Acosta, M J; Marchal, J A; Fernández-Espartero, C H; Bullejos, M; Sánchez, A

    2008-01-01

    The chromosomal distribution of mobile genetic elements is scarcely known in Arvicolinae species, but could be of relevance to understand the origin and complex evolution of the sex chromosome heterochromatin. In this work we cloned two retrotransposon sequences, L1 and SINE-B1, from the genome of Chionomys nivalis and investigated their chromosomal distribution on several arvicoline species. Our results demonstrate first that both retroelements are the most abundant repeated DNA sequences in the genome of these species. L1 elements, in most species, are highly accumulated in the sex chromosomes compared to the autosomes. This favoured L1 insertion could have played an important role in the origin of the enlarged heterochromatic blocks existing in the sex chromosomes of some Microtus species. Also, we propose that L1 accumulation on the X heterochromatin could have been the consequence of different, independent and rapid amplification processes acting in each species. SINE elements, however, were completely lacking from the constitutive heterochromatin, either in autosomes or in the heterochromatic blocks of sex chromosomes. These data could indicate that some SINE elements are incompatible with the formation of heterochromatic complexes and hence are necessarily missing from the constitutive heterochromatin.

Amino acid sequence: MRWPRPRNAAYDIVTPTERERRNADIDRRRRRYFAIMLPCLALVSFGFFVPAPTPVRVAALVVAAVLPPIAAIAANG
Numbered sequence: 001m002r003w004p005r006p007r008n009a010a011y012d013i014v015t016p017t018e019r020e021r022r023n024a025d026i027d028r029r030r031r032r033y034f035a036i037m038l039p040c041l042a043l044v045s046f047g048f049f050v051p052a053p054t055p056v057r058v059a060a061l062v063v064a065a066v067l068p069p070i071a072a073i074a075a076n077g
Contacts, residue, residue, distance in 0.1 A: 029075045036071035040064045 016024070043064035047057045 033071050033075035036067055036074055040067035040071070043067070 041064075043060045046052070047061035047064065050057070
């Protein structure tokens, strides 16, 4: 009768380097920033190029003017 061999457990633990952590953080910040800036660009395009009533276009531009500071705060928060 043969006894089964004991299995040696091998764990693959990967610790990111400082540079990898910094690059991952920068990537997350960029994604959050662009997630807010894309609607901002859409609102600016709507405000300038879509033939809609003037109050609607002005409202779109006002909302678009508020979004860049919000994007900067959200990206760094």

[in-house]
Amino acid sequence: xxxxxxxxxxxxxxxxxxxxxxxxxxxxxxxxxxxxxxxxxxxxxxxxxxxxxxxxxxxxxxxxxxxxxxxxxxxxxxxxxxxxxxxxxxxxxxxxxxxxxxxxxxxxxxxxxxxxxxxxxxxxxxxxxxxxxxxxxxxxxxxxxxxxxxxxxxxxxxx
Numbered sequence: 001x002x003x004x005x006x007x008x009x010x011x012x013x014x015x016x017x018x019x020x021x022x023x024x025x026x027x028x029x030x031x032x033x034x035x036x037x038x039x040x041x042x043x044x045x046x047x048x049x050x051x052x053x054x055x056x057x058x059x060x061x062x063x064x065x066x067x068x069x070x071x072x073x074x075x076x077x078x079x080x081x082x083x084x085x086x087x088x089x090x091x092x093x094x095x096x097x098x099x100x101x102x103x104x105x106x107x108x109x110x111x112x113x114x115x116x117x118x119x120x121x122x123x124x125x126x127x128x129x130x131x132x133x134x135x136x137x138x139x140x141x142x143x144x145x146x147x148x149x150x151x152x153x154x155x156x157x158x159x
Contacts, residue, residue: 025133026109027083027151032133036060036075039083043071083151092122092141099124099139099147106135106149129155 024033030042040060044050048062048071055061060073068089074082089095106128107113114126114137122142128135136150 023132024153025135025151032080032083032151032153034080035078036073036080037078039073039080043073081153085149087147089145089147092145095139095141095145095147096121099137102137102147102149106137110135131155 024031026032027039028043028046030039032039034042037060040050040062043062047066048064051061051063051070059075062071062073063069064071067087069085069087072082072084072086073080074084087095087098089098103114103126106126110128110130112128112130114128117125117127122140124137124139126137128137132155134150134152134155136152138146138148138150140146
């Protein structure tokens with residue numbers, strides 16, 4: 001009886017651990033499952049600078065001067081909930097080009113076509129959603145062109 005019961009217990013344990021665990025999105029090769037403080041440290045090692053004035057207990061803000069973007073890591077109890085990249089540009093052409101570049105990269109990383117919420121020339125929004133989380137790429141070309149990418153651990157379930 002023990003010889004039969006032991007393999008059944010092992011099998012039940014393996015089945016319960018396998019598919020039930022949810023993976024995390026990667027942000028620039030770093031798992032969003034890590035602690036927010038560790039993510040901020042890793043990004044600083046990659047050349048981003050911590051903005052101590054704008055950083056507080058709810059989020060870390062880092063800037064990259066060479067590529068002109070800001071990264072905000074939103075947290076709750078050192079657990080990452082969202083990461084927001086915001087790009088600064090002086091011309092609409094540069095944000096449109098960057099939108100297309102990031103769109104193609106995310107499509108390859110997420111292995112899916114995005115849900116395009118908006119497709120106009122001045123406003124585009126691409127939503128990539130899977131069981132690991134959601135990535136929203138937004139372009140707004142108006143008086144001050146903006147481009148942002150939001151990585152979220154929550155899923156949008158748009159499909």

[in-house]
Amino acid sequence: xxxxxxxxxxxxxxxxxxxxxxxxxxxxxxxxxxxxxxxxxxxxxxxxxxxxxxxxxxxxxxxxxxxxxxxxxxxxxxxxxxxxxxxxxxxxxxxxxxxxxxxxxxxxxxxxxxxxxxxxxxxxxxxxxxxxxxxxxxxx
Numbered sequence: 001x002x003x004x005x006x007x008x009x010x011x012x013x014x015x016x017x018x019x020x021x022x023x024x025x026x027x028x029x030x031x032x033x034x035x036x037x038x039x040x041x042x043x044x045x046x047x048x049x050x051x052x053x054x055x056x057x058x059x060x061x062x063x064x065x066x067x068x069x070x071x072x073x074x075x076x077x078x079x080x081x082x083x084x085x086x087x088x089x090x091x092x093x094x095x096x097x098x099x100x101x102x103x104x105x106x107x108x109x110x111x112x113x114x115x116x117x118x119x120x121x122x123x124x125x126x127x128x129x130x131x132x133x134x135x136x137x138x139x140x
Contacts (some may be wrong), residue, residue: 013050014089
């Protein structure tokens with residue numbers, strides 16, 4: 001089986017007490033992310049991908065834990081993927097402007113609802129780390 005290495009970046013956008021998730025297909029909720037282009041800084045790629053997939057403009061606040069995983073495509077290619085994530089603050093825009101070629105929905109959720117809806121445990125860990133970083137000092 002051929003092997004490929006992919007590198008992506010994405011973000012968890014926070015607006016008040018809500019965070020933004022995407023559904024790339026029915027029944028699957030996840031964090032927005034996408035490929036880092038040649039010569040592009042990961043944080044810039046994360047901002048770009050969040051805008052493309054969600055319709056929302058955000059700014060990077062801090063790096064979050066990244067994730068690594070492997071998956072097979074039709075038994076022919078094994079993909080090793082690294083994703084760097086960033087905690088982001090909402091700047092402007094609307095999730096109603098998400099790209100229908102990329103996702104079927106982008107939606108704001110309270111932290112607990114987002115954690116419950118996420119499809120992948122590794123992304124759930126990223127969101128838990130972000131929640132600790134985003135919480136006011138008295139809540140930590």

16. A SINE in the genome of the cephalochordate amphioxus is an Alu element

    Science.gov (United States)

    Holland, Linda Z.

    2006-01-01

    Transposable elements of about 300 bp, termed “short interspersed nucleotide elements or SINEs are common in eukaryotes. However, Alu elements, SINEs containing restriction sites for the AluI enzyme, have been known only from primates. Here I report the first SINE found in the genome of the cephalochordate, amphioxus. It is an Alu element of 375 bp that does not share substantial identity with any genomic sequences in vertebrates. It was identified because it was located in the FoxD regulatory region in a cosmid derived from one individual, but absent from the two FoxD alleles of BACs from a second individual. However, searches of sequences of BACs and genomic traces from this second individual gave an estimate of 50-100 copies in the amphioxus genome. The finding of an Alu element in amphioxus raises the question of whether Alu elements in amphioxus and primates arose by convergent evolution or by inheritance from a common ancestor. Genome-wide analyses of transposable elements in amphioxus and other chordates such as tunicates, agnathans and cartilaginous fishes could well provide the answer. PMID:16733535